2009 Year in Review - Pakistan

Updated August 5, 2020 | Infoplease Staff
2009 Year in Review

Major World News Stories of 2009

Flag of Pakistan

Flag of Pakistan

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At the beginning of 2009, President Asif Ali Zardari appeared to have abandoned attempts to defeat the Taliban, which at that point controlled approximately 70% of the country. Pakistan, in fact, seemed to be on the brink of falling completely under the control of the militants whose territory was creeping beyond the restive tribal areas that border Afghanistan and into the heart of the country.

In February, the government agreed to implement a system of Islamic law in the Swat valley and negotiated a truce with the Taliban. This accommodation essentially provided the militant regime with a safe haven in Pakistan.

Zardari Takes Action Against Militants

As violence increased in Afghanistan, with militants pouring into the country from Pakistan, President Obama stepped up the pressure on Zardari to take military action against the Taliban and al-Qaeda. At the same time, Pakistanis had been expressing deep frustration over the Taliban's burgeoning authority throughout the country. The insurgency's growing strength was highlighted in April, when insurgents took control of Buner, a district only 70 miles outside the capital, Islamabad.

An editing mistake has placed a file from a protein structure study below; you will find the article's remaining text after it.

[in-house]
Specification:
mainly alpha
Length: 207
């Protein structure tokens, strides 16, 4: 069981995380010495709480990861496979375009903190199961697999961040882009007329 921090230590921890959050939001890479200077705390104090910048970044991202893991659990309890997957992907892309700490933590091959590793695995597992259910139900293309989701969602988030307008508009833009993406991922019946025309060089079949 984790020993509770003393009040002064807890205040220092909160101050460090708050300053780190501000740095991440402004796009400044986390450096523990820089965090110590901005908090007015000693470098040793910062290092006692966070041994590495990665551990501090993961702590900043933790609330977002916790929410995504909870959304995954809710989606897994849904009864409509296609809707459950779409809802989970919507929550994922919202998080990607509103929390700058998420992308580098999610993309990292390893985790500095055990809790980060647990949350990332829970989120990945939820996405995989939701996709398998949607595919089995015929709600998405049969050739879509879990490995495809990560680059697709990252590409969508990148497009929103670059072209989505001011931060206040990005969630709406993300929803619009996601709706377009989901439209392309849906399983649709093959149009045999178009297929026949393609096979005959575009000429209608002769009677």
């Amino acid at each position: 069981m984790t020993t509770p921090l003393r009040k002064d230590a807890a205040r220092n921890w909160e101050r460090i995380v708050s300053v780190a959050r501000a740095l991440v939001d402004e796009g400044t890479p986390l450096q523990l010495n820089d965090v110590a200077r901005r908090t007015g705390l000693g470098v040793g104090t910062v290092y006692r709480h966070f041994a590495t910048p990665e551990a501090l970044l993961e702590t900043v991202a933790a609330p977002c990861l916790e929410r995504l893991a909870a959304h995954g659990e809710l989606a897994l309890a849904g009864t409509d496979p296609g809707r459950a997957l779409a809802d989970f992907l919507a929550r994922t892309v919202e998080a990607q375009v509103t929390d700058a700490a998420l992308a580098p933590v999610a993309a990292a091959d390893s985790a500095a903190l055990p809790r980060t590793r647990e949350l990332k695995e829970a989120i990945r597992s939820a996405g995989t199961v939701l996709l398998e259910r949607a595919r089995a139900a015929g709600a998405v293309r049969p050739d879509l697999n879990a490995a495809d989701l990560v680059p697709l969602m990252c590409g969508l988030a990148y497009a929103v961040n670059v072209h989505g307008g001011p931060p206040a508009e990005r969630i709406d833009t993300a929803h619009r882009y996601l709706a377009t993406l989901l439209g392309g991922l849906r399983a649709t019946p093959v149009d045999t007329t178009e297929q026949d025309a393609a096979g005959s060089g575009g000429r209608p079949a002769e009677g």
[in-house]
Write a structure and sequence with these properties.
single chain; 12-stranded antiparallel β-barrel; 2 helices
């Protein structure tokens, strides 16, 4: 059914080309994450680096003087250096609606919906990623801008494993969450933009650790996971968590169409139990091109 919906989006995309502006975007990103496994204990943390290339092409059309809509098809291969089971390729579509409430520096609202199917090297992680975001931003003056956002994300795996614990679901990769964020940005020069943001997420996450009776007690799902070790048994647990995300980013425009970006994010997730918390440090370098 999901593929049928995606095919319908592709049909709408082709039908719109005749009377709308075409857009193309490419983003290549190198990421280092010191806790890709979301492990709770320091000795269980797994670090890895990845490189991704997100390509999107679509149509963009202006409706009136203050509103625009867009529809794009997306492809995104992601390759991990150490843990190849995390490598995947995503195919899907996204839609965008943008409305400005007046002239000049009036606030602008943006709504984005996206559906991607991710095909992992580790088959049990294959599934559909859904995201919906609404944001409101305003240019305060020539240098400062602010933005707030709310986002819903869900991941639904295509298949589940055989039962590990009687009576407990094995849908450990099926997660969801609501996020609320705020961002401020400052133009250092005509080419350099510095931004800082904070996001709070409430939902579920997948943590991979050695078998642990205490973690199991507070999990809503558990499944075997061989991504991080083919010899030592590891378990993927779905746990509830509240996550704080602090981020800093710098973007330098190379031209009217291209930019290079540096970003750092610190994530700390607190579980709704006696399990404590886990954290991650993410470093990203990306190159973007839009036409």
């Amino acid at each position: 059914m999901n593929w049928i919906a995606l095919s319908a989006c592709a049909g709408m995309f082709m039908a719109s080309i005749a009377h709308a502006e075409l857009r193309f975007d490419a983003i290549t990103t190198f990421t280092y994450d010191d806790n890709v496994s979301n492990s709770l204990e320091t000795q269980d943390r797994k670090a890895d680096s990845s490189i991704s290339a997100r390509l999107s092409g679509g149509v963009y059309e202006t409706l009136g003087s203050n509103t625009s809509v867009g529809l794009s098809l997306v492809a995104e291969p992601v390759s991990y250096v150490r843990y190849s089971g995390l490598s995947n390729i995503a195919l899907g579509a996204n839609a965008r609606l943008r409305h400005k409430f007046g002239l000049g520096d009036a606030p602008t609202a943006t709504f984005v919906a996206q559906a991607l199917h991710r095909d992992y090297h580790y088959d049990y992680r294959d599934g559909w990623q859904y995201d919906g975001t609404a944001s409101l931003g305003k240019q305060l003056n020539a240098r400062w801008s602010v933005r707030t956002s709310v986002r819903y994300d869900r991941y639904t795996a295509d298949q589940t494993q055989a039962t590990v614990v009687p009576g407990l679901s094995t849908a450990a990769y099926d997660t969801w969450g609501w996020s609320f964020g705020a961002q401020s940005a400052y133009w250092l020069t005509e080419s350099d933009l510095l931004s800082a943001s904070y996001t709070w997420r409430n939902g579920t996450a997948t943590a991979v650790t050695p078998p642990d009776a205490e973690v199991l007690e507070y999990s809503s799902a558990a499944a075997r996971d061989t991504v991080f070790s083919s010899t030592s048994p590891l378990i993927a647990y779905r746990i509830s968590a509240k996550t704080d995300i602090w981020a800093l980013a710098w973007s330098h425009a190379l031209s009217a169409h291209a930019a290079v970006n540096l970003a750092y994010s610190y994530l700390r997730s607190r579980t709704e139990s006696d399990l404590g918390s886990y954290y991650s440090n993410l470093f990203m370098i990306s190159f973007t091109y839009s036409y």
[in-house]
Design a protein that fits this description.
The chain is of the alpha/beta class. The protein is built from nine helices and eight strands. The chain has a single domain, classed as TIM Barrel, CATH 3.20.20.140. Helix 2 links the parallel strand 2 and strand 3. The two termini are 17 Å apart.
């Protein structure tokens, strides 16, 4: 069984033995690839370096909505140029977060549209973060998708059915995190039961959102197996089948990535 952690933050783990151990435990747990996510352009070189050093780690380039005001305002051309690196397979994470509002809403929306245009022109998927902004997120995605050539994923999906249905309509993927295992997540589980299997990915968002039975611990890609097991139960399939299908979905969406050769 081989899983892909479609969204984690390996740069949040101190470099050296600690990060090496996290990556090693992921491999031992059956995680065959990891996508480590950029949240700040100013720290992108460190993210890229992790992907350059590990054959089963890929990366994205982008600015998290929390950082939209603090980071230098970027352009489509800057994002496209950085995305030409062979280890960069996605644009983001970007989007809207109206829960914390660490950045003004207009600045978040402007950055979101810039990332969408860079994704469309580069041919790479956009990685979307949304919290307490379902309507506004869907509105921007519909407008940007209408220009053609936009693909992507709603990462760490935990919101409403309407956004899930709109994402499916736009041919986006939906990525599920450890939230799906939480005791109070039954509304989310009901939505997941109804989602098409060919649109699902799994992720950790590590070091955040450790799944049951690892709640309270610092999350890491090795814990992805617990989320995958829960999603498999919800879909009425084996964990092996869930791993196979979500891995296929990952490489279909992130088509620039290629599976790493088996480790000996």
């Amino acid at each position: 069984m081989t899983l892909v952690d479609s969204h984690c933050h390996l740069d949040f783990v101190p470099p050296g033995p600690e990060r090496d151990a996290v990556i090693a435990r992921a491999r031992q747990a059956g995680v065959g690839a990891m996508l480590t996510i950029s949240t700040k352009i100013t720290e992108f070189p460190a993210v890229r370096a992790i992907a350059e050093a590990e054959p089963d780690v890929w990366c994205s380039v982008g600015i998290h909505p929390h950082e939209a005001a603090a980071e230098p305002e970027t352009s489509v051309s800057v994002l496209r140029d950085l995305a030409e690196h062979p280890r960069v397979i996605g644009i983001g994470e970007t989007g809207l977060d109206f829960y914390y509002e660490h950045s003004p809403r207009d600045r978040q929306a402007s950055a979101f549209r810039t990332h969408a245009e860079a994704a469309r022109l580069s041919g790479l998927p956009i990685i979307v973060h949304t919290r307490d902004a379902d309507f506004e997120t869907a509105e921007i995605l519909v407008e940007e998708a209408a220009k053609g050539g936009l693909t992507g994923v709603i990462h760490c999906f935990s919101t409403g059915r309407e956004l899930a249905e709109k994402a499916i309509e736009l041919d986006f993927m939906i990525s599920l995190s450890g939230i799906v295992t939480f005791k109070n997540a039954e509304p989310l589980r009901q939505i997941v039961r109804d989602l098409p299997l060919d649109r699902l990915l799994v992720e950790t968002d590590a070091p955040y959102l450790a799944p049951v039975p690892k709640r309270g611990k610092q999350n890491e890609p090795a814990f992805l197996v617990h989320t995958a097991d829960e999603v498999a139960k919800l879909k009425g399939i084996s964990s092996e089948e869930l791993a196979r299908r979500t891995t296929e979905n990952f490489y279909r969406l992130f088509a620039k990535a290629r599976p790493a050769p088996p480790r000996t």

Zardari, perhaps wary of losing U.S. support—both financial and political—and sensing popular unrest at home, launched offensives against Taliban insurgents. The first occurred in May in the Swat Valley and involved at least 22,000 Pakistani troops.

The U.S. and Pakistan scored an important victory in August in South Waziristan with the assassination of Baitullah Mehsud, the leader of the Taliban in Pakistan. Mehsud, killed in a CIA drone strike, was blamed for the assassination of Benazir Bhutto, the terrorist attack on the Marriott Hotel in Islamabad, and dozens of other suicide bombings. Hakimullah Mehsud assumed the Taliban leadership role.

In late October, the military targeted the Taliban in the tribal area of South Waziristan. The incursion met strong resistance and forced tens of thousands of civilians to flee their homes. The Taliban retaliated with a series of terrorist attacks that targeted government buildings and crowded areas, killing hundreds of people and proving that the government was in for a protracted battle against a fierce and stubborn opponent.

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